California Horse Racing Board chairman Richard Shapiro, after leading the state's racing industry through a difficult period over the past four years, surprised a sparse audience during the board's Dec. 15 meeting at Santa Anita Park by announcing his resignation.
Shapiro, who recently was reappointed by Gov. Arnold Schwarzenegger to a new four-year term, said it was his decision to leave the board. He said the resignation will take effect Dec. 16.
"I have been honored and grateful that the governor appointed me to this position, and reappointed me and urged me to continue for another four years," Shapiro said. "But the time has come for me to leave the board. No one asked me to do this. This was a personal decision that I have been pondering for many months. This decision was mine and mine alone."
Vice chairman John Harris, a CHRB member since 2000, will preside until the board acts on electing a new chair.
Several of those in attendance, including board members Harris, Jesse Choper and David Israel, expressed sadness at Shapiro's decision and lauded his hard work on behalf of racing in the state.
"I really hate to see him go and hope he will be a part of the future of this game that we all love," Harris said.
Choper called Shapiro's accomplishments for the industry "absolutely extraordinary."
Shapiro, whose family has long been active in California racing with both Thoroughbreds and Standardbreds, originally was appointed to the board by Schwarzenegger Oct. 14, 2004, replacing Harris as chairman a short time later. He was reappointed to a second four-year term in October.
Following a break during the meeting, Shapiro read a lengthy statement enumerating a number of the board's actions during his chairmanship. He said his reasons for leaving were personal and not due to outside pressure.
“The most gratifying and rewarding thing was dealing with the people in horse racing." he said. "Except for a few, there are a really lot of good people in the business. They are like a family.”
One of the most controversial moves during Shapiro’s term was mandatory installation of synthetic surfaces at the major tracks in California. Officials in California have cited statistics that show a decrease in the number of catastrophic breakdowns since the switch from dirt and an increase in field sizes.
"It has not been perfect," he said of the board's mandate to switch to artificial surfaces. "But I believe that the decision to approve synthetics will lead to safer tracks. We must continue to protect our horses and riders."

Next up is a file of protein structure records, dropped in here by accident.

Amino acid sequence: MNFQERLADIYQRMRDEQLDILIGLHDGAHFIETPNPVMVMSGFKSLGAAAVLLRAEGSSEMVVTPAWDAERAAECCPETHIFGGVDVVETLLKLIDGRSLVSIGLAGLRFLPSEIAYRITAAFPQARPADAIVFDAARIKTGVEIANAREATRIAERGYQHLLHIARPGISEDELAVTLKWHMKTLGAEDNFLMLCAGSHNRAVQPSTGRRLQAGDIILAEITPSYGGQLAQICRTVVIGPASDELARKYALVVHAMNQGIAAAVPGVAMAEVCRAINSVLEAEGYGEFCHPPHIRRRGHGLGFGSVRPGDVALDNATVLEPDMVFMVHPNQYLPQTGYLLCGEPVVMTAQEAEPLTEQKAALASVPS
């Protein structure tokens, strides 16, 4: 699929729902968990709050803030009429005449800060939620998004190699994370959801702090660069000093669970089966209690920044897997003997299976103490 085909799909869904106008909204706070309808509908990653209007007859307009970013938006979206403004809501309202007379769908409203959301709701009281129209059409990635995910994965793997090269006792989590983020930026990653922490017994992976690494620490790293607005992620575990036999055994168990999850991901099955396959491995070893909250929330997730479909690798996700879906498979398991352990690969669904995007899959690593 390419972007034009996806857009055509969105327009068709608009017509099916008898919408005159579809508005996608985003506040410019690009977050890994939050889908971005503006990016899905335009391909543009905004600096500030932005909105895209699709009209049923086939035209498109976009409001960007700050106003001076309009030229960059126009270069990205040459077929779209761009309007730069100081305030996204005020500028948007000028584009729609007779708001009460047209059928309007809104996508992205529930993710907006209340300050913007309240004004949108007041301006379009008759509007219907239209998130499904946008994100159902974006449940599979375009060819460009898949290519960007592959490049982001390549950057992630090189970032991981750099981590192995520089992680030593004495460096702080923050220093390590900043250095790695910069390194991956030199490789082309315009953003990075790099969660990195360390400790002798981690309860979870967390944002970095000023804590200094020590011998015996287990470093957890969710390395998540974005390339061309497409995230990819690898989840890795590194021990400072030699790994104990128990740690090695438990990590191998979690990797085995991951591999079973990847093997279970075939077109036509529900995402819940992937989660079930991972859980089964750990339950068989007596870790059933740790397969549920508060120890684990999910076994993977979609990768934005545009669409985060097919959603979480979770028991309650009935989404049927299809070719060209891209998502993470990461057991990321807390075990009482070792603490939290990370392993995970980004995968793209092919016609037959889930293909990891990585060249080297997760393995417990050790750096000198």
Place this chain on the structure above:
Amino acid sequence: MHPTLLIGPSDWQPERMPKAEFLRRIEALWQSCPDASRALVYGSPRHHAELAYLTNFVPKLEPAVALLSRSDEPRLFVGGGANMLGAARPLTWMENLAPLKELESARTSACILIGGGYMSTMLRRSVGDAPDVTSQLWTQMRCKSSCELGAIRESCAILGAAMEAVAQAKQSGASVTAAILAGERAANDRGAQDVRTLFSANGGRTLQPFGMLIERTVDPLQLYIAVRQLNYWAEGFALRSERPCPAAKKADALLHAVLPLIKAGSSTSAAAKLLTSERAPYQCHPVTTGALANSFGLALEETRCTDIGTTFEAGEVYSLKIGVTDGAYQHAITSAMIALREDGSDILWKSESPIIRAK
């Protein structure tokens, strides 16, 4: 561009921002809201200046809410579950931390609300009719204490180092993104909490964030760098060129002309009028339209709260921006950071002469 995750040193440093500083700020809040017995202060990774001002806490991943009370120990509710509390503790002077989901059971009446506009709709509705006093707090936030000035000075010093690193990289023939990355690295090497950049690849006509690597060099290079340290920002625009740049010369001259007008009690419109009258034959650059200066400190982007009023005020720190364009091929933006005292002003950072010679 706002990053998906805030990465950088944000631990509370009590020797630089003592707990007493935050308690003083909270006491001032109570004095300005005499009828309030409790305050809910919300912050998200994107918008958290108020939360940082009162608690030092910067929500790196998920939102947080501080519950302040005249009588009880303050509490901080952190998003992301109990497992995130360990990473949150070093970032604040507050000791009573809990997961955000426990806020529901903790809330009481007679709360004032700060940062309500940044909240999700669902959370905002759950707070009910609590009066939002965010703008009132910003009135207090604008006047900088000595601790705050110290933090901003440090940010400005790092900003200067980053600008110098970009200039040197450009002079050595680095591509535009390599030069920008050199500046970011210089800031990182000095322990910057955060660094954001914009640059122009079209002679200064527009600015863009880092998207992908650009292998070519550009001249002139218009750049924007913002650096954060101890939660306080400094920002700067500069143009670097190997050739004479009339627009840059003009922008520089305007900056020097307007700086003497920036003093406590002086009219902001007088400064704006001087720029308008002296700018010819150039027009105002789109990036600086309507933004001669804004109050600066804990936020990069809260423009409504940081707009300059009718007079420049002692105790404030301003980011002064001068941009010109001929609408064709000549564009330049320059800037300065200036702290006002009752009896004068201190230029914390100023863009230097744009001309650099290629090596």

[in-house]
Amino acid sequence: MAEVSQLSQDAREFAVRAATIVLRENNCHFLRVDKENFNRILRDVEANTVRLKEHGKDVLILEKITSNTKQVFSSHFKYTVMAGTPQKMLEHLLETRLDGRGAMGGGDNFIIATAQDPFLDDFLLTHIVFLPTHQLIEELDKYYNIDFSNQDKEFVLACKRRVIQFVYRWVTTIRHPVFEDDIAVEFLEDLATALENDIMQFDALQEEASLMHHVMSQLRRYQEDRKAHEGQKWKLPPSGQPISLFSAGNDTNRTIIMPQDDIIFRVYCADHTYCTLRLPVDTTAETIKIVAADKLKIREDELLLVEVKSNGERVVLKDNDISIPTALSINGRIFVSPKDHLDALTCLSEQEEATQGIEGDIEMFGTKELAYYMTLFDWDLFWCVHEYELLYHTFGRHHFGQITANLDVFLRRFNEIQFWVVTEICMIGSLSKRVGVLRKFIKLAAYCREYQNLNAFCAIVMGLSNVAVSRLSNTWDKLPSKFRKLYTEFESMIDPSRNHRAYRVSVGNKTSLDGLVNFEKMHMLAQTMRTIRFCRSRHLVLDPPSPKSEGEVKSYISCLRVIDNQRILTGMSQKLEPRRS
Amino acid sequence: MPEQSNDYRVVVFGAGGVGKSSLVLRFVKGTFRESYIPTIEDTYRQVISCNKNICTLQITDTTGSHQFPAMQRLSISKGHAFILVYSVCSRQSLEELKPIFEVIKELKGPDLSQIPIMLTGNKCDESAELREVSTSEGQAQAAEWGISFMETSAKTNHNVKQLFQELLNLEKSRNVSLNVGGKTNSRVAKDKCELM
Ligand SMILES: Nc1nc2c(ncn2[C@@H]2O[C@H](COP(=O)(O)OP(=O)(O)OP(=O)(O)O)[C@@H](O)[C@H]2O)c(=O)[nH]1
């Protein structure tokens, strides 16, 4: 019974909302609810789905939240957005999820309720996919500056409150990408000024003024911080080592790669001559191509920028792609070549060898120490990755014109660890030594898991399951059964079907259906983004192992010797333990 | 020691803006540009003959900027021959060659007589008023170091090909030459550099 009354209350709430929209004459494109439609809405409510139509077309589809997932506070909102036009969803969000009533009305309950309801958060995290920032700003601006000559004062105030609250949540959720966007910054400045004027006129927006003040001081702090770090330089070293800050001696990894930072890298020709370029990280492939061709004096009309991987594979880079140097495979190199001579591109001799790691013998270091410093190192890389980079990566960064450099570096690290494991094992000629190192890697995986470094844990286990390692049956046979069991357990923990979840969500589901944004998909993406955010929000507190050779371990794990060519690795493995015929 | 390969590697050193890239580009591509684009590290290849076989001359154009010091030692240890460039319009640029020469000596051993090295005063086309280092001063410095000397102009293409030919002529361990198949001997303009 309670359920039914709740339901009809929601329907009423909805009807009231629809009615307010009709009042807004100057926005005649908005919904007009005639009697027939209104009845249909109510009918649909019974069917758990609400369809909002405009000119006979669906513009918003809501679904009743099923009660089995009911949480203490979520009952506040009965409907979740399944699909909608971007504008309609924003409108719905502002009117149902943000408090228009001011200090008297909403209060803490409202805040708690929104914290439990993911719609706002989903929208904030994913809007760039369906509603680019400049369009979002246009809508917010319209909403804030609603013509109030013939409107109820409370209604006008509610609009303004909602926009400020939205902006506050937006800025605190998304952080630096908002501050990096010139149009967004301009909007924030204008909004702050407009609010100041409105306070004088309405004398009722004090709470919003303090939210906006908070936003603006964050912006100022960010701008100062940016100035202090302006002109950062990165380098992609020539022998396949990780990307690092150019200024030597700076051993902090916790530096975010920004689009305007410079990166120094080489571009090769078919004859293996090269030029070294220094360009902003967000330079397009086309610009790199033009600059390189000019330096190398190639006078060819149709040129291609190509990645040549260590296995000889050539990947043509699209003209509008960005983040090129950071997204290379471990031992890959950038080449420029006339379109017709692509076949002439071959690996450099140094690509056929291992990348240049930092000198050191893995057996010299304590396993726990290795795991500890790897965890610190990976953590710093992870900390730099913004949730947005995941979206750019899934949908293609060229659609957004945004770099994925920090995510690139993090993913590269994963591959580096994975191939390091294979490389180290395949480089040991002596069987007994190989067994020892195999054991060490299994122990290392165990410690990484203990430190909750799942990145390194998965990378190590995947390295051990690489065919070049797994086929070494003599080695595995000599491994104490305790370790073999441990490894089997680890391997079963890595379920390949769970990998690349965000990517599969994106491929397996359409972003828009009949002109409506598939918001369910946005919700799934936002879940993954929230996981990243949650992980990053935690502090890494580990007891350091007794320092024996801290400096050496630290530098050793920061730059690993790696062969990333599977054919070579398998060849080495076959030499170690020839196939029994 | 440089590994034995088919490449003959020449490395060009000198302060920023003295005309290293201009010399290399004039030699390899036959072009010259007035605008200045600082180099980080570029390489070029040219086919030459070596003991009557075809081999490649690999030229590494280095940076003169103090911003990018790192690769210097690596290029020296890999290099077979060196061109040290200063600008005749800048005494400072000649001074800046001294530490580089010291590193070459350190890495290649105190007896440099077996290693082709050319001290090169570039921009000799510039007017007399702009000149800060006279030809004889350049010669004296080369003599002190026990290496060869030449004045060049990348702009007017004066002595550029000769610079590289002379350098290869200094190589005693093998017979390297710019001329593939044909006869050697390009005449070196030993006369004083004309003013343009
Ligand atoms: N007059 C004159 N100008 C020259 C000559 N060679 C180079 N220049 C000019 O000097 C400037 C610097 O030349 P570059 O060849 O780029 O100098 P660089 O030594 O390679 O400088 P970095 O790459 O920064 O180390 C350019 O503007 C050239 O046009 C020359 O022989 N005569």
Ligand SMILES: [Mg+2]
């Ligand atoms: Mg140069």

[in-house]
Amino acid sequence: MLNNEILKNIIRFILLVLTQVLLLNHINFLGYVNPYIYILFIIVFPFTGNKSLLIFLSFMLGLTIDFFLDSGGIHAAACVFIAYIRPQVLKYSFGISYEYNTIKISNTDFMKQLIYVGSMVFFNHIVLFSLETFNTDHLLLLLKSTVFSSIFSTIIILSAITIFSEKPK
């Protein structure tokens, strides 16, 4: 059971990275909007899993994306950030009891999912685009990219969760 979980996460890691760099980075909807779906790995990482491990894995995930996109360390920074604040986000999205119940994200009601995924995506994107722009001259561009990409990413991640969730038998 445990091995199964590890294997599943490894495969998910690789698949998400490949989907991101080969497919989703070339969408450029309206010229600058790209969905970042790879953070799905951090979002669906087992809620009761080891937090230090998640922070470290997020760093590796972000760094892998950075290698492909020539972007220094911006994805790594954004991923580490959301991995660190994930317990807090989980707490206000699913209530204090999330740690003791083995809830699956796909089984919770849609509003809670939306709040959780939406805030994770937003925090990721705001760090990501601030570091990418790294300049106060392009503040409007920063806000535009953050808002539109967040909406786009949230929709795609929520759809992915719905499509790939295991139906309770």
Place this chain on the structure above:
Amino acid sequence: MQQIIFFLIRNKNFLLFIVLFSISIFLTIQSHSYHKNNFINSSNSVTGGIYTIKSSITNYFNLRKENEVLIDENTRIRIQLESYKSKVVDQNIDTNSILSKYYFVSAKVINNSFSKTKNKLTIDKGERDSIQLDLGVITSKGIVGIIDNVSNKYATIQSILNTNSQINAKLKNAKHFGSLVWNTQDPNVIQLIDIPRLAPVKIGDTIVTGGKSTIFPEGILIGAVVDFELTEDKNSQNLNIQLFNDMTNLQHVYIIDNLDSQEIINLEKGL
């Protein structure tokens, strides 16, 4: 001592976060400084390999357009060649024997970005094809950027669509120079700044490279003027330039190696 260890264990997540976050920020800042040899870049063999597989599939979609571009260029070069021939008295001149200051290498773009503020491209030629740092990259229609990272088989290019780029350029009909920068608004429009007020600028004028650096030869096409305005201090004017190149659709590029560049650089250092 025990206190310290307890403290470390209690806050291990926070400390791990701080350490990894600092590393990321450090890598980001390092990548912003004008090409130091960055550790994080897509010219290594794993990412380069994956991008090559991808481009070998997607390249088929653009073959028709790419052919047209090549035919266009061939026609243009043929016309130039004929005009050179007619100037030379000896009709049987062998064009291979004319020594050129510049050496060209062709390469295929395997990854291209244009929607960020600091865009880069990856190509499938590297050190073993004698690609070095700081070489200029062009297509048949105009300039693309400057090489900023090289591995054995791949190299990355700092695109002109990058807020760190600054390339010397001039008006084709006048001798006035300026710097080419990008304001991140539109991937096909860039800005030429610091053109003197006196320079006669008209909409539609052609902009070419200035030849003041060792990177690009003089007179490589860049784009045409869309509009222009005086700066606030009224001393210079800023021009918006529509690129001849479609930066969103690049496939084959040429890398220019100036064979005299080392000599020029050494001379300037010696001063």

He noted with pride that California racing had "leveled the playing field" with strict accountability for the use of drugs on equine athletes and "the best drug testing program in the nation.
"We have eliminated milkshaking and the abuse of anabolic steroids," he said.
Shapiro also worked to improve advance deposit wagering for California bettors by getting tracks to share signals with the state's four licensed ADW providers.
But he also presided during a time that one major racetrack in the state, Bay Meadows, has been demolished to make way for redevelopment, with a second, Hollywood Park, likely to face the same fate in the future. During the rocky tenure of executive director Ingrid Fermin, the board's budget was frozen by a state legislative committee and he came in for severe criticism from a state senator from the Bay Area, Leland Yee, over the Bay Meadows situation and other issues.
In recent months, Shapiro said he realized that regulators such as the CHRB "are powerless" to act on the major issue confronting racing -- a broken economic model.
"We all have to realize that the business has to change," he said.
After the meeting, he told The Blood-Horse: "I'm not leaving horse racing. It's just that I want to move this industry forward and I can't do it from here. I can't do it from this podium."
He said he was not sure what avenues in racing he would pursue at this point.